The monks looked with but small favor on these doings. The doors open to the young evangelist were shut against themselves. If they plotted to stop the work by casting the workman into prison, in a town under Margaret's jurisdiction this was not so easy. The design failed, if it was ever entertained, and the evangelist went on sowing the seed from which in days to come a plentiful harvest was to spring. The Churches whose foundations are now being laid by the instrumentality of Calvin will yield in future years not only confessors of the truth, but martyrs for the stake.

In the midst of these labors Calvin received a letter from Noyon, his native town, saying

that his father was dead. [5] These tidings stopped his work, but it is possible that they saved him from prison. He had planted, but another must water; and so turning his face towards his birth-place, he quits Bourges not again to return to it. But the work he had accomplished in it did not perish. A venerable doctor, Michel Simon, came forward on Calvin's departure, and kept alive the light in Bourges which the evangelist had kindled.

On his journey to Noyon, Calvin had to pass through Paris. It so happened that the capital at that time (1529) was in a state of great excitement, another stake having just been planted in it, whereat one of the noblest of the early martyrs of France was yielding up his life. Providence so ordered it that the pile of the martyr and the visit of the Reformer came together. God had chosen him as the champion by whom the character of his martyrs was to be vindicated and their blood avenged on the Papacy, and therefore it was necessary that he should come very near, if not actually stand beside their stake, and be the eye-witness of the agonies, or rather the triumph, of their dying moments. Before tracing farther the career of Calvin let us turn aside to the Place de Greve, and see there "the most learned of the nobles of France" dying as a felon.

Louis de Berquin was descended of a noble family of Artois. [6] Unlike the knights of those days, who knew only to mount their horse, to handle their sword, to follow the hounds, or to figure in a tournament, Berquin delighted in reading and was devoted to study. Frank, courteous, and full of alms-deeds, he was beloved by all. His morals were as pure as his manners were polished: he had now reached the age of forty without calumny finding occasion to breathe upon him. He often went to court., and was specially welcomed by a prince who delighted to see around him men of intellectual accomplishments and tastes. Touching the religion of Rome, Berquin was blameless, having kept himself pure from his youth up. "He was," says Crespin, "a great follower of the Papistical constitutions, and a great hearer of masses and sermons." All the Church's rites he strictly observed, all the Church's saints he duly honored, and he crowned all his other virtues by holding Lutheranism in special abhorrence. [7]

But it pleased God to open his eyes. His manly and straightforward character made the maneuvers and intrigues of the Sorbonne specially detestable to him. Besides, it chanced to him to have a dispute with one of its doctors on a scholastic subtlety, and he opened his Bible to find in it proofs to fortify his position. Judge of his amazement when he perceived there, not the doctrines of Rome, but the doctrines of Luther. His conversion was thorough. His learning, his eloquence, and his influence were from that hour all at the service of the Gospel. He labored to spread the truth among his tenantry in the country, and among his acquaintances in the city and at the court. He panted to communicate his convictions to all France. Many looked to him as the destined Reformer of his native land; and certainly his position and gifts made him the most considerable person at that time on the side of the Reform in France. "Berquin would have been a second Luther," said Beza, "had he found in Francis I. a second Elector." [8]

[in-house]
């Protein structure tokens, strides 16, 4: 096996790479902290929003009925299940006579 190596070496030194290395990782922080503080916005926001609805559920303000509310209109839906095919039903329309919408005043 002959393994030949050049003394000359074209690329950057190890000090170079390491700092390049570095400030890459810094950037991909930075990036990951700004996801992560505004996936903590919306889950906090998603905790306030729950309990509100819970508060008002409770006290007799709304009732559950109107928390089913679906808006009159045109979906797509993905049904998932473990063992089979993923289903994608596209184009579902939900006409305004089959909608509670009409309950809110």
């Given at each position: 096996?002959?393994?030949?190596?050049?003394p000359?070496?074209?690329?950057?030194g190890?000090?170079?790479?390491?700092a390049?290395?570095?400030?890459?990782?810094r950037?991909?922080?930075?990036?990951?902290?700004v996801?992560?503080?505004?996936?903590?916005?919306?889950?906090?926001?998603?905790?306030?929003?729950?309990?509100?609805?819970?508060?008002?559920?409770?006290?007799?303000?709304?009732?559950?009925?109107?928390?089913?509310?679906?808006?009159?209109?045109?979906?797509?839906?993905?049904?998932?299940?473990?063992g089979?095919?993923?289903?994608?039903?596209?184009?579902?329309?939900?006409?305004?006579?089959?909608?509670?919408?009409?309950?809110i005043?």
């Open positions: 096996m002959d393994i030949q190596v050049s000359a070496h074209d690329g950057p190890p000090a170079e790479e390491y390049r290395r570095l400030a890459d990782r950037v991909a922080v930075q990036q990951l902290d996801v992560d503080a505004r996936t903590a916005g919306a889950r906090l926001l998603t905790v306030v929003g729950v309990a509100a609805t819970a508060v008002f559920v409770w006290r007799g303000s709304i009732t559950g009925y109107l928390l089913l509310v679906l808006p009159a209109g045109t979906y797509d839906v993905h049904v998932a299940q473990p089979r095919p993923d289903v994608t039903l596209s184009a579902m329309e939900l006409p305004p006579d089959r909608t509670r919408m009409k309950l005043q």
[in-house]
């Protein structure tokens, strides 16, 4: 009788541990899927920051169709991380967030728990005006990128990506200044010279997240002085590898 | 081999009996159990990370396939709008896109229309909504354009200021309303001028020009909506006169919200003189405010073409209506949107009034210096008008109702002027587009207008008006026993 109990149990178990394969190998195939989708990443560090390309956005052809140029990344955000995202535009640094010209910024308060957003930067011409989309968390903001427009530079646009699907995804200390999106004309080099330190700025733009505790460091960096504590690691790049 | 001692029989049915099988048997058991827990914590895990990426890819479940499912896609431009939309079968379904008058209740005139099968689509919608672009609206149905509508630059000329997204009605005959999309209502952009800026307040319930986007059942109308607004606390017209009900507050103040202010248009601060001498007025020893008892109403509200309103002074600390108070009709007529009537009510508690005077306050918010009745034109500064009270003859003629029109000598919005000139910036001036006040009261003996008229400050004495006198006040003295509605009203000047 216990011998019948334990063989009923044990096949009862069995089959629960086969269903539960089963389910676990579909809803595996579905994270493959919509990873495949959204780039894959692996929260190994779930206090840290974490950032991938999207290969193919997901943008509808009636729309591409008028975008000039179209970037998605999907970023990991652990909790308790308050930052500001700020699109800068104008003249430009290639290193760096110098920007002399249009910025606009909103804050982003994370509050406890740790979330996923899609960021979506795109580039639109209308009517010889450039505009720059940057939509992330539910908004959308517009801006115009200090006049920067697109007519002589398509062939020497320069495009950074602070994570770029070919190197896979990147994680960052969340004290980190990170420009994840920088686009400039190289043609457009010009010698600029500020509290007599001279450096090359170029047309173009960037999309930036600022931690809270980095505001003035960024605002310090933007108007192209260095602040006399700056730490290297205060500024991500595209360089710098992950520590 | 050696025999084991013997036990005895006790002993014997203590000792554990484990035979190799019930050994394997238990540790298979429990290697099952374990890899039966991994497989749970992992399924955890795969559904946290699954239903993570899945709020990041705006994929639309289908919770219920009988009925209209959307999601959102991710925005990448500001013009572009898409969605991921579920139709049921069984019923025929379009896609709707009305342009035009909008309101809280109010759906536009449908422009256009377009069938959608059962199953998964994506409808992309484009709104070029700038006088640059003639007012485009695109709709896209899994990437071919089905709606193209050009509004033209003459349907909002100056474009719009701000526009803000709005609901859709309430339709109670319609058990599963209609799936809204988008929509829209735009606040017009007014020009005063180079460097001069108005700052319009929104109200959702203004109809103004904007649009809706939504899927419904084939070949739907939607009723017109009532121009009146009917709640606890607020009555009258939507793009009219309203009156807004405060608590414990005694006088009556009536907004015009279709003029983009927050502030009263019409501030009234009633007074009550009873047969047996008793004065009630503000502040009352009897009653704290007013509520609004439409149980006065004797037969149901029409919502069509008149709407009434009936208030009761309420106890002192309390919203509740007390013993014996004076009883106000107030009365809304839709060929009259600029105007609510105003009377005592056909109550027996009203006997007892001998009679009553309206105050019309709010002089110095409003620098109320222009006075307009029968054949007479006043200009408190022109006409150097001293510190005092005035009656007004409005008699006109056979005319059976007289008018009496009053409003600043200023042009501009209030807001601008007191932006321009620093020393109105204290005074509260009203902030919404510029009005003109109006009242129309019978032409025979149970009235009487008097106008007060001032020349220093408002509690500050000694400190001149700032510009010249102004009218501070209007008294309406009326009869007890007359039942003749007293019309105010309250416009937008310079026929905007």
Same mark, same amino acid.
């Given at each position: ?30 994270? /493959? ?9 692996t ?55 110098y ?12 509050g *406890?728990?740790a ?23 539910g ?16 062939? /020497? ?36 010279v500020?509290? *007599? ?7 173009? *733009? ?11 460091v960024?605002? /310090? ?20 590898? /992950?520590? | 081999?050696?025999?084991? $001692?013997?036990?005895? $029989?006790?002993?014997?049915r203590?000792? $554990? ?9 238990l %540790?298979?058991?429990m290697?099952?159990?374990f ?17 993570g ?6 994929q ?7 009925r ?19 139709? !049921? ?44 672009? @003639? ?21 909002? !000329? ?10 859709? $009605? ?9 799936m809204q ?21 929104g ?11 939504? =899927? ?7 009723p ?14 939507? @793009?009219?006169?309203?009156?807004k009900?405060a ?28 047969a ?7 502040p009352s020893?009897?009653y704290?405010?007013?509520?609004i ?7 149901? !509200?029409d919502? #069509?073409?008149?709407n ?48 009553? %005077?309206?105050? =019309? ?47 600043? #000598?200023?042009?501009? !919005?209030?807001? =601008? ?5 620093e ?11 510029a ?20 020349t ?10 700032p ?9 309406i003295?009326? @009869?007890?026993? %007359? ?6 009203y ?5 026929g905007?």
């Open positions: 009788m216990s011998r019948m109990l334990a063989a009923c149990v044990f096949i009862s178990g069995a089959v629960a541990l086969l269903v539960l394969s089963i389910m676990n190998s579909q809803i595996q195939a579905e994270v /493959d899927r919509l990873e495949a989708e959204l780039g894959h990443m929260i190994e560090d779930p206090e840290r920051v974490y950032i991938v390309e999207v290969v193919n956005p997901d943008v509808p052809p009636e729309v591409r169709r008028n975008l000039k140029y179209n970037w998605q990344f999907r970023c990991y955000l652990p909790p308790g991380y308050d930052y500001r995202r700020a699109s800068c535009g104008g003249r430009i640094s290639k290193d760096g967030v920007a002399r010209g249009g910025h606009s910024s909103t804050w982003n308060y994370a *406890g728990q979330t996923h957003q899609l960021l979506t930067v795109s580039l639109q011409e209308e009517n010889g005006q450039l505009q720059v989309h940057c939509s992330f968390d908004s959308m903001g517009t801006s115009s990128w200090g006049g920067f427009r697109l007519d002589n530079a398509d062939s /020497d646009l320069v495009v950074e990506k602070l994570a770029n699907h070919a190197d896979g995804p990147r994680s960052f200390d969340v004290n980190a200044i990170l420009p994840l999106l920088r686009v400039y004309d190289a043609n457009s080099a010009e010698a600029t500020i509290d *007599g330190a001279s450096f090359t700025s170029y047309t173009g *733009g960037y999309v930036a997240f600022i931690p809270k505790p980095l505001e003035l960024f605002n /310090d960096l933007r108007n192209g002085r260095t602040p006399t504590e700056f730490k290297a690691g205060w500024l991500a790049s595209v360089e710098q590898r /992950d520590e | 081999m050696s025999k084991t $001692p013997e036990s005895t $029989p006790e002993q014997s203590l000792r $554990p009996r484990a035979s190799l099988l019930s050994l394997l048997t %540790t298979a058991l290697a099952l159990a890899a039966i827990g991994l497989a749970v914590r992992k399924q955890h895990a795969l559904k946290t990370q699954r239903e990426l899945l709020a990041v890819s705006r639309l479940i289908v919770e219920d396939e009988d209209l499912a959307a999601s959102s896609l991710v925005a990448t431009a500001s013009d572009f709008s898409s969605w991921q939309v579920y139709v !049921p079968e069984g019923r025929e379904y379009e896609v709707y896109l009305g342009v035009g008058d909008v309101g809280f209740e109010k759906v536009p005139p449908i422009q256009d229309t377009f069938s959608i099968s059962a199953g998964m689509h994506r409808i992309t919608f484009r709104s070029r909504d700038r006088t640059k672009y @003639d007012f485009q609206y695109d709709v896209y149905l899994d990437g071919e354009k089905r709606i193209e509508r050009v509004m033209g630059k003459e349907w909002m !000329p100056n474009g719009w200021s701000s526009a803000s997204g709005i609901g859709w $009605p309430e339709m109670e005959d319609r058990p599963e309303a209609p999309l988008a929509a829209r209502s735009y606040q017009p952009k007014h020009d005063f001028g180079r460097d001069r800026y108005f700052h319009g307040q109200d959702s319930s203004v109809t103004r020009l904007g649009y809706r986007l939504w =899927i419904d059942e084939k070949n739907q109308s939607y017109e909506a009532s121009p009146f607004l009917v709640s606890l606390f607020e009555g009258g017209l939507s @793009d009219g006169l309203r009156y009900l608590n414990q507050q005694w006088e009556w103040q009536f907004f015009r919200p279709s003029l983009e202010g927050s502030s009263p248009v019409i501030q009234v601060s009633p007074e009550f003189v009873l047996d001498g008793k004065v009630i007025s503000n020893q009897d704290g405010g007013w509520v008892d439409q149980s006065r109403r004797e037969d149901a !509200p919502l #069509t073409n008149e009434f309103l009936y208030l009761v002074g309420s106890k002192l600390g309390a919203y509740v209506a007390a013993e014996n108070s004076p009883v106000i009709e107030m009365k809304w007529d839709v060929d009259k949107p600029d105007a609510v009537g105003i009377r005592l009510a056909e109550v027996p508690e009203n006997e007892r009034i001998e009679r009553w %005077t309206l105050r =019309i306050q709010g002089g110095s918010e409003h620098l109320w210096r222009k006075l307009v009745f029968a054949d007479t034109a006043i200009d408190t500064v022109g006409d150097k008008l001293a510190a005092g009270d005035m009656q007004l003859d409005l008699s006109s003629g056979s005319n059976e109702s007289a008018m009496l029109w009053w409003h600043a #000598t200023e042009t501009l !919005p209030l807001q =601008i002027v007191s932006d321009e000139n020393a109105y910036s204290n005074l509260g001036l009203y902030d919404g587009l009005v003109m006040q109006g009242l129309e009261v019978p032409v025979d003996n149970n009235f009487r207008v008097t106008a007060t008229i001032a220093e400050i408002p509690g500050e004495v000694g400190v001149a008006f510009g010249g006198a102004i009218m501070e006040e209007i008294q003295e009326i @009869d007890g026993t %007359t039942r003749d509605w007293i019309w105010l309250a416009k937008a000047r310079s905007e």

The Sorbonne had not been unobservant; their alarm was great, and their anger was in proportion to their alarm. "He is worse than Luther," they exclaimed. Armed with the authority of Parliament the Sorbonne seized and imprisoned Berquin (1523). There was nothing but a stake for the man whose courage they could not daunt, and whose eloquence they could not silence, and all whose wit and learning were employed in laughing at their ignorance and exposing their superstition. But the king, who loved him, set him at liberty.

A second time the monks of the Sorbonne seized Berquin. A second time the king came to his rescue, advising him to be more prudent in future; but such strong convictions as those of Berquin could not be suppressed. A third time Berquin was seized, and the Sorbonnists thought that this time they had made sure of their prey. The king was a prisoner at Madrid: Duprat and Louisa of Savoy were all-powerful at Paris. But no: an order from Francis I., dated 1st April, 1526, arrived, enjoining them to suspend proceedings till his return; and so Berquin was again at liberty.